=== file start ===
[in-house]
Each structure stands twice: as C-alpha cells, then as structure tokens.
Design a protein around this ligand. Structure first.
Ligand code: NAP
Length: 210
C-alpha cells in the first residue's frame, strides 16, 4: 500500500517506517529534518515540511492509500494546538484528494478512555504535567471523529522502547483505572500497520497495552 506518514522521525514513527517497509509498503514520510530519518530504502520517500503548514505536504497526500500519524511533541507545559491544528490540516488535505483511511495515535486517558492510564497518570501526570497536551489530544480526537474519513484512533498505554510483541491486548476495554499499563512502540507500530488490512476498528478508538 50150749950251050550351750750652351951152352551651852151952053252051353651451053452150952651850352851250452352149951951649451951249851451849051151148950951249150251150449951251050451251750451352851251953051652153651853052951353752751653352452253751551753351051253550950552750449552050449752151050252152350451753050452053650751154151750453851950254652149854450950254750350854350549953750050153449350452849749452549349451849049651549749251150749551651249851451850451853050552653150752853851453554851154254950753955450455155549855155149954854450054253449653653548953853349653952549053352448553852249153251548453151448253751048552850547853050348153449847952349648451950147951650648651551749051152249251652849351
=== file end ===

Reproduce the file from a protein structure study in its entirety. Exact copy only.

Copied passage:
[in-house]
Each structure stands twice: as C-alpha cells, then as structure tokens.
Design a protein around this ligand. Structure first.
Ligand code: NAP
Length: 210
C-alpha cells in the first residue's frame, strides 16, 4: 500500500517506517529534518515540511492509500494546538484528494478512555504535567471523529522502547483505572500497520497495552 506518514522521525514513527517497509509498503514520510530519518530504502520517500503548514505536504497526500500519524511533541507545559491544528490540516488535505483511511495515535486517558492510564497518570501526570497536551489530544480526537474519513484512533498505554510483541491486548476495554499499563512502540507500530488490512476498528478508538 50150749950251050550351750750652351951152352551651852151952053252051353651451053452150952651850352851250452352149951951649451951249851451849051151148950951249150251150449951251050451251750451352851251953051652153651853052951353752751653352452253751551753351051253550950552750449552050449752151050252152350451753050452053650751154151750453851950254652149854450950254750350854350549953750050153449350452849749452549349451849049651549749251150749551651249851451850451853050552653150752853851453554851154254950753955450455155549855155149954854450054253449653653548953853349653952549053352448553852249153251548453151448253751048552850547853050348153449847952349648451950147951650648651551749051152249251652849351